Collage of Myself presents a groundbreaking account of the creative story behind America's most celebrated collection of poems. In the first book-length study of Walt Whitman's journals and manuscripts, Matt Miller demonstrates that until approximately 1854 (only a single year before the first publication of Leaves of Grass), Whitman--who once speculated that Leaves would be a novel or a play--was unaware that his ambitions would assume the form of poetry at all. Collage of Myself details Whitman's discovery of a remarkable new creative process that allowed him to transform a diverse array of texts into poems such as "Song of Myself" and "The Sleepers." Whitman embraced an art of fragments that encouraged him to "cut and paste" his lines into ever-evolving forms based on what he called "spinal ideas." This approach to language, Miller argues, represents the first major use in the Western arts of the technique later known as collage, an observation with significant ramifications for our reception of subsequent artists and writers.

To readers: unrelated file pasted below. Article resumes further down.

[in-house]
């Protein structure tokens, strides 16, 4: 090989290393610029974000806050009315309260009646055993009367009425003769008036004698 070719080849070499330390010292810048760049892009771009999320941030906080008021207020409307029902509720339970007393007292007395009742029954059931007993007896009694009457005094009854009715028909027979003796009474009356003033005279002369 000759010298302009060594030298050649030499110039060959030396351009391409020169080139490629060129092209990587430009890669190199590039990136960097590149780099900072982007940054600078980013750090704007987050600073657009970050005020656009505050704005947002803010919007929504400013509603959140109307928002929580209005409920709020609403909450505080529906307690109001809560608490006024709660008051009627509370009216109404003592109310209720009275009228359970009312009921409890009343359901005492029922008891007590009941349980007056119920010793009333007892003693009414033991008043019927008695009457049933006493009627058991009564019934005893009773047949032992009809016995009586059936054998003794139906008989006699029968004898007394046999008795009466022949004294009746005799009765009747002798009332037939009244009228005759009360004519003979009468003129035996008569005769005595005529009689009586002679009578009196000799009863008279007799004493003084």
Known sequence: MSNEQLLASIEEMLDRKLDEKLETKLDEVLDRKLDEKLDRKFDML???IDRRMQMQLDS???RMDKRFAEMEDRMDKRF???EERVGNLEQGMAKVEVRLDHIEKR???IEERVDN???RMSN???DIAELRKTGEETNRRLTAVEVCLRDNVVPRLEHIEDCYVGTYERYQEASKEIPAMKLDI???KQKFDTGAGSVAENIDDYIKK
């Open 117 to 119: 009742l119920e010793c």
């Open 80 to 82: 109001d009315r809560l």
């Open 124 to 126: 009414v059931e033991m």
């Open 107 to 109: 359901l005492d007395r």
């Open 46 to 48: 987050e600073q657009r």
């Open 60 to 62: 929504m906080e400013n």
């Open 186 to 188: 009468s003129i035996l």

One of America's most celebrated women, Emily Dickinson was virtually unpublished in her own time and unknown to the public at large. Today her poetry is commonly anthologized and widely praised for its precision, its intensity, its depth and beauty. Dickinson's life and work, however, remain in important ways mysterious. This collection of essays, all of them previously unpublished, represent the best of contemporary scholarship and points the way toward exciting new directions for the future. The volume includes a biographical essay that covers some of the major turning points in the poet's life, especially those emphasized by her letters.